Q. You live in Holywood but that's not where you were born. Can you tell me about your early years.
A. I was born in Enniskillen and grew up in a family of nine. There were my parents and seven children.
We lived in two different farms in the Fermanagh and South Tyrone area.
My father, who was Mervyn, was obviously a farmer and he instilled in me the values of working hard and getting on with the business.
My mother, Mabel, was a health visitor in the area and she worked so hard and stressed the benefits of education to all of us and always told us we should get out and do our bit to help the community.Q. Home is Holywood, which is quite a jump from rural Fermanagh. How did you manage to land in Holywood?
A. I came as a young fella of 17 to work as an engineering apprentice for the Ministry of Defence. I worked for the MoD for a number of years before going into politics.
I married Gillian in 1985 and we have two sons - Andrew, who is 31, and Stephen, who is 29, and who works with me in the office - and we have a daughter, Amy, who is 16. She is still at school.
We settled here and it is home for me.Q. You have been a politician for 28 years now. What has been the most significant change in your view since you first entered the political arena?
A. I think the most significant change has been the move towards normalisation.
The return of Stormont has brought about significant change, unfortunately it hasn't been totally successful but there have been terrific changes for the better for everyone.Q. You are not the only politician in the family, though, apart from your son Stephen, who is a councillor. Lady Sylvia Hermon is your cousin.
A. That's right. Her mum and my mum were sisters. I would see her at a fair number of public events here in North Down and I think she does a good job. Even though I wouldn't always agree with her politically, we are good friends.Q. You were elected as a councillor for North Down Borough Council in 1981 but lost your seat in the 1993 elections before gaining it back in 1997. Did it hurt not to be elected?
A. Yes, it did. I had done 12 years at the time and I lost by about 50 votes over a local issue but I was relatively young and had the resolve to carry on.
During that period I moved house and went back to college to do a bit more studying so there were benefits from it as well.Q. You previously stated you think there should be more public awareness of the Assembly. What would you like to see happen to make that a reality?
A. I think the education programmes the Assembly run which bring schools up to the Assembly are very good. The outreach programmes where they go out to schools are also very positive.Q. What are your political ambitions? Would you like to hold a ministerial post, could you see yourself in the House of Commons or the Lords some day?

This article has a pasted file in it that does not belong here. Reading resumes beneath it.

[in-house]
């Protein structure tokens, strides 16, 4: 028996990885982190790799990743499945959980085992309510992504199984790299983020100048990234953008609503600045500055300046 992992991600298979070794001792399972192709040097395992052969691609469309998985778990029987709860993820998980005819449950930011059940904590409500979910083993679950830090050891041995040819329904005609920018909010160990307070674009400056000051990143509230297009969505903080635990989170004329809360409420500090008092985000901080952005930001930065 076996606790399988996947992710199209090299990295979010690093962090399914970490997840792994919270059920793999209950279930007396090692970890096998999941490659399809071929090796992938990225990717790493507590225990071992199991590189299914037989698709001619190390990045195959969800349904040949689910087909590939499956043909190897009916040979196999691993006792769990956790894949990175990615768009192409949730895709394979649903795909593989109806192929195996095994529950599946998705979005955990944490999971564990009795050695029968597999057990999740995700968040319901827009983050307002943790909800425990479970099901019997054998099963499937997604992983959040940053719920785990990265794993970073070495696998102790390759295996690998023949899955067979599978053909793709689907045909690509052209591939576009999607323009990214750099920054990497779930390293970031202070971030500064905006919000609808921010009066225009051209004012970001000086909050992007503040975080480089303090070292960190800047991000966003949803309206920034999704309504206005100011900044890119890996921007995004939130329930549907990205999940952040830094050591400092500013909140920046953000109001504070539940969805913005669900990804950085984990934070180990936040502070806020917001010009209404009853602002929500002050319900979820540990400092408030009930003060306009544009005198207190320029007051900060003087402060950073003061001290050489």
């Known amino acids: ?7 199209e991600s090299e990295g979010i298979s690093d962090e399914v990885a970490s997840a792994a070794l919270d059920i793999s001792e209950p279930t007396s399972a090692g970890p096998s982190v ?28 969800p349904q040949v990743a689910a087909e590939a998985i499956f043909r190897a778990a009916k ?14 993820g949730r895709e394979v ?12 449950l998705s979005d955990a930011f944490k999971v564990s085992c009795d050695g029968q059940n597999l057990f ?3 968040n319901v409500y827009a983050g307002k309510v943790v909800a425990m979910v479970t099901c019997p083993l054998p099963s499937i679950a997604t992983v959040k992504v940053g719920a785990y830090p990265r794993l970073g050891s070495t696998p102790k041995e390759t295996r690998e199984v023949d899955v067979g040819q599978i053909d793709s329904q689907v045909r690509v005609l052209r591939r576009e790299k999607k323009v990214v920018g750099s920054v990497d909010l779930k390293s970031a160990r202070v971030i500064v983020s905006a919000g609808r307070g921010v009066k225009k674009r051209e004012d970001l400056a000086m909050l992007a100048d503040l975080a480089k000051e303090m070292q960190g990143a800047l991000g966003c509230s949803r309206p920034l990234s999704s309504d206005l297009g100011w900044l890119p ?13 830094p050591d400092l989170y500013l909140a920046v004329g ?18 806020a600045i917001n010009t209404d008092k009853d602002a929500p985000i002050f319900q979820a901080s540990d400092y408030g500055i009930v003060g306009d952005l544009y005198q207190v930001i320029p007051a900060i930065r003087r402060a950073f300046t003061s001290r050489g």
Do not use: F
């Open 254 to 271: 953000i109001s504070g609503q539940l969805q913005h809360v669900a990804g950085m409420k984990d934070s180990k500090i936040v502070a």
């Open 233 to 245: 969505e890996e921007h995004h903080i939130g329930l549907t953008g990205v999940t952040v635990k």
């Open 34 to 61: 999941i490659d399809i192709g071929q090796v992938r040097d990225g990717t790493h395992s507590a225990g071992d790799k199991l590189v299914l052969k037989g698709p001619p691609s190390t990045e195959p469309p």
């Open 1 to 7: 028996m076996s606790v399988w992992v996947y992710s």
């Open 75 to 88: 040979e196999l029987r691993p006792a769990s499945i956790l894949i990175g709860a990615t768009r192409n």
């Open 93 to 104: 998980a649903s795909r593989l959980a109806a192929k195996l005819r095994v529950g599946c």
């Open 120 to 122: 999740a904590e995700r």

A. I am very happy with what I have achieved and thankful for what I have. I would just like to - God willing - continue on as MLA for North Down for a number of years.Q. Of course there is no functioning Assembly at the minute. Do you think there will be again?
A. I believe the majority of people out there that we represent and continue to represent on a daily basis certainly do want to see us back. I think devolved Government up and running represents the best interests of everyone.Q. People living here are growing increasingly frustrated and angry that politicians can't seem to reach an agreement while they get on with the day-to-day struggles of long hospital waiting lists, schools facing closures and budget cuts. Do you think they are justified in the anger and frustration?
A. I can fully understand it. When the Assembly was there, local ministers were able to use some influence, for instance with the private sector, to reduce the hospital waiting lists. That was being done by the DUP and Sinn Fein. That had a significant impact.
The local influence is something we obviously need to strive to get back to. The DUP is ready and willing to go back into Government.
The onus is on Sinn Fein and surely their electorate expect them to be doing what they voted them in to do. I think they have a responsibility to try and get back into talks and move the process forward.Q. Your constituency office is in Holywood, which is one of the most affluent areas of Northern Ireland. Is life quiet there?
A. That is a perception of North Down but the constituency runs from Holywood to Millisle.
We have some of the largest estates within Northern Ireland - Kilcooley, for example, and Whitehill, so there is a whole mixture of people and a whole range of needs within the North Down area.
There are people who come into our office who are homeless and there are other people who come in wanting assistance to build a new development in the area.
We have all those challenges and we try to deal with them equally. The real challenge is there and we do face them every day.
We are no different to any other area of the province. We have the busiest section of roadway in Northern Ireland, which brings its own challenges. The social needs are the same as anywhere else.Q. You sit on the Board of Governors in two schools currently and schools seem to have been a feature of your political life over the years. Is education a passion of yours?